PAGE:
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Is TikTok the Real Threat to Data Privacy?

Is TikTok the Real Threat to Data Privacy?


TikTok has become one of the most popular apps, especially among Gen Z and Millennials consumers. TikTok is so entrenched in our culture today that young people go to TikTok before Google when searching for goods and services. However, TikTok has been under security scrutiny due to its ties to the Chinese Government through its parent company ByteDance. Is TikTok actually a threat to national security? And could this booming app be coming to an end?

tiktok privacy national security china

Is TikTok a Threat to National Security?

Given the United States and China’s complex relationship, many government officials have been concerned about a Chinese-owned corporation. In an article from BuzzFeed dated June 17, 2022 – a reported leaked conversation confirmed that Chinese Employees had access to American users’ data. This contradicts ByteDance’s assurances that U.S. user data is stored on U.S. servers and, therefore, cannot be accessed by China-based employees. However, based on nine statements, there have been times when U.S. employees have had to turn to their Chinese counterparts for assistance. 

Hot button phrases such as “Everything is seen in China” or that a Beijing-base engineer who was the “Master Admin” “has access to everything”, inspired U.S. senators Roy Blunt (Mo.) and Marsha Blackburn (Tenn.) to send a letter to TikTok CEO Shou Zi Chew, co-signed by seven other senators. 

In a detailed eight-page letter, Chew responded to the various issues brought up by the senators. The TL;DR version is: now, all U.S. data is going through Oracle’s server in Virginia, though there is a backup in the U.S. and Singapore. The leaks BuzzFeed News found were from “Project Texas”, which is aimed at setting up better security protocols that follow U.S. laws and protect U.S. data privacy. Any China-based engineers that may have access to the data go through multiple levels of cyber security protocols set by U.S. engineers. And most importantly, ByteDance has never been asked by the Chinese Community Party (CCP) for access to U.S. data.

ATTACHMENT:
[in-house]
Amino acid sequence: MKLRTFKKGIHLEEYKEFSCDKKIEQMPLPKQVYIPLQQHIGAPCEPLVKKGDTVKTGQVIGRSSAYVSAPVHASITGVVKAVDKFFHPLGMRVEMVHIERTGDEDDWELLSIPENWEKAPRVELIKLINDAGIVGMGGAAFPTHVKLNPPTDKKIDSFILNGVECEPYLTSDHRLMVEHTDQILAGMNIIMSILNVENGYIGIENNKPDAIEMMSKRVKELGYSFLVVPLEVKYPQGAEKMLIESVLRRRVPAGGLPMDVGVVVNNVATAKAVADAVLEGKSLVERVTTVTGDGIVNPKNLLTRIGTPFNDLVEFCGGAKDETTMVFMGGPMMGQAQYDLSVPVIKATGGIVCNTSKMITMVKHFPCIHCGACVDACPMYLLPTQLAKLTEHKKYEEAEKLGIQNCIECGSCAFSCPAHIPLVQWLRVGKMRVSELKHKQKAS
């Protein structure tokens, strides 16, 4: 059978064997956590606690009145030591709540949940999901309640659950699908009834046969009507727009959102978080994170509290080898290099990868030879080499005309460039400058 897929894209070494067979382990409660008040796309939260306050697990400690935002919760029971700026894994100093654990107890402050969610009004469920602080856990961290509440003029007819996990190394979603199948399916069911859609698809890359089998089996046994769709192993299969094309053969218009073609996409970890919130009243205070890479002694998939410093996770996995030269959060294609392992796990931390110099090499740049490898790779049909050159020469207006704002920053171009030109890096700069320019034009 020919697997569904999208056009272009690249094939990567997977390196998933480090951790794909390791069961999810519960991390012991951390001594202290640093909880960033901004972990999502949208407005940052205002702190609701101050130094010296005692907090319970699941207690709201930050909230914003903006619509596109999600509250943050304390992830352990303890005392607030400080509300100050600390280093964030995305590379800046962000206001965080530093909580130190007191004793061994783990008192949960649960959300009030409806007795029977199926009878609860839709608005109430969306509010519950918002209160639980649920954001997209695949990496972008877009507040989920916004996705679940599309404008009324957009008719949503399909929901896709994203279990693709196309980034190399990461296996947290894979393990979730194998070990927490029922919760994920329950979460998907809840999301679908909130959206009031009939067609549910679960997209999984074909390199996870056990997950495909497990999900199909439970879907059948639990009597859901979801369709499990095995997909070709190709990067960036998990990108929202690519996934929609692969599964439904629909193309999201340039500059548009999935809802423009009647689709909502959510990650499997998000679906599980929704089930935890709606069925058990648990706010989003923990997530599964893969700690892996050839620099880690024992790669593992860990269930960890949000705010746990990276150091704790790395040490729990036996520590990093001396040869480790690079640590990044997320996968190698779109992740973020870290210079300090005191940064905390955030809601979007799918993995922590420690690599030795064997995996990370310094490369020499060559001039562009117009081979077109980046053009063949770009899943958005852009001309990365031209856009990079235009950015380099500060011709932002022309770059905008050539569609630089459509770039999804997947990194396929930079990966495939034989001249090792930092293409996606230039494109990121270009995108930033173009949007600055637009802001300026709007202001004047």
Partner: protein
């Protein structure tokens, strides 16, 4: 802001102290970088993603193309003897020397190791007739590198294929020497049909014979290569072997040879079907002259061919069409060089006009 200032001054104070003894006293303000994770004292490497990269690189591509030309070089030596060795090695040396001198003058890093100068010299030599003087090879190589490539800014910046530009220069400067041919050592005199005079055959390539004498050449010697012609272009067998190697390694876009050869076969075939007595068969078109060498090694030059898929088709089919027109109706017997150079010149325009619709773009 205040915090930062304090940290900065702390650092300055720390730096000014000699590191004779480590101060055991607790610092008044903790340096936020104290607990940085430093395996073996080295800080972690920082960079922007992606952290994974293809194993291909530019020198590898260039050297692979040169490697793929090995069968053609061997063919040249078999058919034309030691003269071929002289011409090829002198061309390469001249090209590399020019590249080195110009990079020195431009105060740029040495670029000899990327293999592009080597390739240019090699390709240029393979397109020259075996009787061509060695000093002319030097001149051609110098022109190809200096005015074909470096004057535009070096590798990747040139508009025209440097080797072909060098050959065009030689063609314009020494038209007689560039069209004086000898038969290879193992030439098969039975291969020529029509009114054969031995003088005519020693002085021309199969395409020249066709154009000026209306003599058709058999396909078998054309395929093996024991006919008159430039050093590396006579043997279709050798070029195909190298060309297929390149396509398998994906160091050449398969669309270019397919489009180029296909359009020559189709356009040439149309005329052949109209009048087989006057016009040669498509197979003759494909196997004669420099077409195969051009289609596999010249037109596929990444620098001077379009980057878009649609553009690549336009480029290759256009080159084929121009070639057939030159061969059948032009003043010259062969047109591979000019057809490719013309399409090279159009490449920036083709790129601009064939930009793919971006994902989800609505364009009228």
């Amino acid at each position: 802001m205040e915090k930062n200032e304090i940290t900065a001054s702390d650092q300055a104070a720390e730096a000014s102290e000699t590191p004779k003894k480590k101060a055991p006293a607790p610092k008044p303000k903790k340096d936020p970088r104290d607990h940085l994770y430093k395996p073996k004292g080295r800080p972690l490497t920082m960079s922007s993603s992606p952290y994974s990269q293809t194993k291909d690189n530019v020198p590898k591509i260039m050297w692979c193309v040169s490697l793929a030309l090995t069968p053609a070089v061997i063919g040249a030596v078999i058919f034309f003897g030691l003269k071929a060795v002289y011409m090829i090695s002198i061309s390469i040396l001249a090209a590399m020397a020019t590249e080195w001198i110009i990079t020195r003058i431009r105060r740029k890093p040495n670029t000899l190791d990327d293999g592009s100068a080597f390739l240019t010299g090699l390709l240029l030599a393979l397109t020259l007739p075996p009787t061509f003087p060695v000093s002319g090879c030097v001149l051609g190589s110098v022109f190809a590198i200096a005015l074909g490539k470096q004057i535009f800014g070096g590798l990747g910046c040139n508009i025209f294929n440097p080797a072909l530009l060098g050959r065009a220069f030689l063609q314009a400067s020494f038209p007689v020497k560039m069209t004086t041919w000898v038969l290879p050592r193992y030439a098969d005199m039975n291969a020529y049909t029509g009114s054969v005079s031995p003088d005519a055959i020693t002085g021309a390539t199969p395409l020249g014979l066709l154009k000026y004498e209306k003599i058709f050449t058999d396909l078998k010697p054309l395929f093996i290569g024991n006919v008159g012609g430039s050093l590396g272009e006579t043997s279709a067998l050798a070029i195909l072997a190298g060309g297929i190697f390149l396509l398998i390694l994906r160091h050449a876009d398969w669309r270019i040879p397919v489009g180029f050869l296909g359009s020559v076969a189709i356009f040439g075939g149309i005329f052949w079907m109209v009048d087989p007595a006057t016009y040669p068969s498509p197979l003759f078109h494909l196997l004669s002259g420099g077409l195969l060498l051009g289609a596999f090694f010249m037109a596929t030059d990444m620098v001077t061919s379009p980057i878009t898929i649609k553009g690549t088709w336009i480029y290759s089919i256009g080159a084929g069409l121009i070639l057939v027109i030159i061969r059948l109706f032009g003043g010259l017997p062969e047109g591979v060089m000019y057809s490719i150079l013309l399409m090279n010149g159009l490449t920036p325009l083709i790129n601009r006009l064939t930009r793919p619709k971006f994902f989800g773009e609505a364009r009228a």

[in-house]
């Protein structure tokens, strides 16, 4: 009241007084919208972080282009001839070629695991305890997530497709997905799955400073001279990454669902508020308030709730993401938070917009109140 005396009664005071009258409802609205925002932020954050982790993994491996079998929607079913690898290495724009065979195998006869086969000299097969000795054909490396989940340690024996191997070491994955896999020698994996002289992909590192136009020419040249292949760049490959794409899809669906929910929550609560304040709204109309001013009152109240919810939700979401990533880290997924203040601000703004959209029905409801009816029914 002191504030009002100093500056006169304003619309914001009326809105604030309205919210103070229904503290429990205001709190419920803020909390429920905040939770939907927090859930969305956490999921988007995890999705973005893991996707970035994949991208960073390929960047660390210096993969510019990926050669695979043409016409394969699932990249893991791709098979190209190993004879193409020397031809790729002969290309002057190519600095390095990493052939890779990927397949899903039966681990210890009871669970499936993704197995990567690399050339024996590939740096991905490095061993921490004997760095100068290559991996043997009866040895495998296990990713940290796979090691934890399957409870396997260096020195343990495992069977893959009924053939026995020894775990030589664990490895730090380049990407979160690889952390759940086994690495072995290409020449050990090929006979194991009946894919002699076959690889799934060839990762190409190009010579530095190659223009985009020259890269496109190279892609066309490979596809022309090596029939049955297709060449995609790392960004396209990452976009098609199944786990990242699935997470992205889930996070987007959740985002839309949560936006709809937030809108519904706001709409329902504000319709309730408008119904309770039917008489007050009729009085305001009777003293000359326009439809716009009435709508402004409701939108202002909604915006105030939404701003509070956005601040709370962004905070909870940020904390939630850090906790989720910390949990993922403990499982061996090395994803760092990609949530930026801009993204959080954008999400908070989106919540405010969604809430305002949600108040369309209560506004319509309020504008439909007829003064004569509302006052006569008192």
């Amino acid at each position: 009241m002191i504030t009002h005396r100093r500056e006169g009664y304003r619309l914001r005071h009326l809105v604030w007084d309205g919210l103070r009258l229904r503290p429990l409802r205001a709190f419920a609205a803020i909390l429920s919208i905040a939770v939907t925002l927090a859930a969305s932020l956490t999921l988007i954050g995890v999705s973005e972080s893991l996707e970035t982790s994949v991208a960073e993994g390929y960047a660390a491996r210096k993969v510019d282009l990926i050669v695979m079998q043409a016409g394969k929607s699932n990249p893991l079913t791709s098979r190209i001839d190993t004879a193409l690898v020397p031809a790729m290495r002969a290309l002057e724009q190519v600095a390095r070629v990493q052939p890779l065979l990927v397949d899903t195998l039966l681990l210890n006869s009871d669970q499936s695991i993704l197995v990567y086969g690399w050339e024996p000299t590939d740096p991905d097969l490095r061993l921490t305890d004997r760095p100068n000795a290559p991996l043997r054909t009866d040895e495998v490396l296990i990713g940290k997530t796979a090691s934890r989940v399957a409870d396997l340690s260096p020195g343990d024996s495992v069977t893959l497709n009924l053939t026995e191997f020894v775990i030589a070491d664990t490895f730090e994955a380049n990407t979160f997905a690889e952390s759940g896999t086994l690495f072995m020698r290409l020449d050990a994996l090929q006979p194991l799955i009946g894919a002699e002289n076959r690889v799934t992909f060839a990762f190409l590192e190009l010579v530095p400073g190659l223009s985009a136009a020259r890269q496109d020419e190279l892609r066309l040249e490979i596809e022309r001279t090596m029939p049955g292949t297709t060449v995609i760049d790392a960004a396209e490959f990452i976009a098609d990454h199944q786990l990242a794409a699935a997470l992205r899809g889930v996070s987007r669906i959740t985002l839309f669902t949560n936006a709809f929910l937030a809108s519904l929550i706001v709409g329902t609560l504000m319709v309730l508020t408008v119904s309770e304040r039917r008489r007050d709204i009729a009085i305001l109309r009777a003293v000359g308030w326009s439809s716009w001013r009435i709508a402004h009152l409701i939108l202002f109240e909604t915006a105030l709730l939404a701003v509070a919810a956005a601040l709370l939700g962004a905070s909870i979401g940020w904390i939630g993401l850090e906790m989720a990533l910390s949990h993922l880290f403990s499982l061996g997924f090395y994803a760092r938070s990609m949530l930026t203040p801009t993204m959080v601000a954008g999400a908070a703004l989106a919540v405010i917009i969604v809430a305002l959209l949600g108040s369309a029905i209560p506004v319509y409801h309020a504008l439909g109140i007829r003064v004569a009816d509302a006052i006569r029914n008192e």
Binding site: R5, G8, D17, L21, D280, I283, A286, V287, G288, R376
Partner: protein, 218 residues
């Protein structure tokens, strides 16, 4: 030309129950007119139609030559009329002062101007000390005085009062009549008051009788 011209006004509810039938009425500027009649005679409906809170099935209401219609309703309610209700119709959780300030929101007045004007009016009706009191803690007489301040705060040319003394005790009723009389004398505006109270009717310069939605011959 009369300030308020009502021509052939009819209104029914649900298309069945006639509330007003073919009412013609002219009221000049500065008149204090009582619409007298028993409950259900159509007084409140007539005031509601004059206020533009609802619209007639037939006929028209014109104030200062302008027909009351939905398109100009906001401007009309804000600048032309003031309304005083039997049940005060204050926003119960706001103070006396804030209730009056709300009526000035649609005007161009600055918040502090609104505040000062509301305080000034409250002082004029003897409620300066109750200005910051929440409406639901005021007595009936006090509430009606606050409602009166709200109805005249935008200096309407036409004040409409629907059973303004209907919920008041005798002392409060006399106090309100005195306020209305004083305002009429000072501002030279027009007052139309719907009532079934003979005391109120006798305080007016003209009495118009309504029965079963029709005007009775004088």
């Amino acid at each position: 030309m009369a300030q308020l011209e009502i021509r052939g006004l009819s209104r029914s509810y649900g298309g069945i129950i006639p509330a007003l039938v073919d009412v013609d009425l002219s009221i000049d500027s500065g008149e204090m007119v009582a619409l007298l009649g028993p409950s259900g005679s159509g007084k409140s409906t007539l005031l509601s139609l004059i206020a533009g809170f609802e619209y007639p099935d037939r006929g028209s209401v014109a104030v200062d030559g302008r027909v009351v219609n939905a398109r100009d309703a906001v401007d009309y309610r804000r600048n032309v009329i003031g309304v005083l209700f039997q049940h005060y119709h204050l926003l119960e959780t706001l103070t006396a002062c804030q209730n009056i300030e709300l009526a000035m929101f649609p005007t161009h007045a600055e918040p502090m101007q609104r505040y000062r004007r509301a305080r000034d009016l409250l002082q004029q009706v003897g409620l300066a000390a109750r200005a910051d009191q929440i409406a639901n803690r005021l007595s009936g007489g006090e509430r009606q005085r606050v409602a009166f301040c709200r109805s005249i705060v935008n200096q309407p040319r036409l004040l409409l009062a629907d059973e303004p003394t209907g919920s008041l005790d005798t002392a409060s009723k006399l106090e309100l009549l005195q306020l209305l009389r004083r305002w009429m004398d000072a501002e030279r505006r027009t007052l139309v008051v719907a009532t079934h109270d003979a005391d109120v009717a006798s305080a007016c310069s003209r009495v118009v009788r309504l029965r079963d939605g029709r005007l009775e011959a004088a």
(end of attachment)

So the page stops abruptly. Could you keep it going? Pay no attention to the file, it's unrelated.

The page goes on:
Politicians Are Not Convinced 

Politicians on both sides of the political spectrum have aimed at TikTok. As early as 2020, when TikTok was booming in popularity, former President Trump tried to ban the app. He passed an executive order for TikTok to break off its U.S. branch, which was thwarted by a lawsuit from ByteDance and TikTok influencers. 

In June of this year, Federal Communications Commissioner Brendan Carr sent an open letter (which he posted on Twitter) to Apple and Google, asking for them to remove the app from their stores. Though a nationwide ban on the app may not be able to go into effect, different government members are not allowed to have the app on their phones for security purposes, joining the likes of fitness apps that track locations. 

The Biden Administration has an ongoing investigation into TikTok’s security threat. However, there is no evidence of the CCP interfering with U.S. users’ data as of now. 

tiktok privacy national security china

Data Privacy Issues Didn’t Start with TikTok 

Data privacy has been a long-overdue topic of conversation within the United States. The average American uses 47 apps on their smartphones a month. Medical, business, and finance apps, in particular, are growing in popularity, which means even more sensitive information is accessible by apps. If you can think of it, there’s an app for it- stock exchanges, NFTs, COVID-testing, you name it, it’s already on someone’s phone.  

TikTok isn’t the only platform that works with international businesses. PayPal, for example, shares the private details of users, including device identification and transaction information, with Cheetah Mobile and Money Swap Exchange Limited – two China-Base companies. We know this because of a Luxembourg banking law.

Speaking of transparency, most major data brokers only vaguely disclose which countries they sell this data to. While American Politicians are focused on China’s surveillance of U.S. citizens, they’re conveniently leaving out how the U.S. surveils its own citizens. However, U.S. apps are not subject to laws that force them to have this sort of transparency.

In addition to the lack of U.S. privacy laws, other important elements left out of the conversation are U.S. anti-trust laws and freedom of speech. Meta is constantly trying to compete with TikTok, one of its few viable competitors. Banning TikTok would push Meta one step closer to becoming a monopoly, which they have already come under fire for

Foreign investment in massive social apps used in the U.S. is an important conversation to entertain. The Biden Administration has raised alarms over Saudi Arabia’s investment in Twitter, nor has Google’s $392 million lawsuit over data privacy raised any alarms. However, banning TikTok will not solve the national security problems around U.S. data protection. But will that stop politicians from banning the app altogether? While this seems unlikely, only time will tell.


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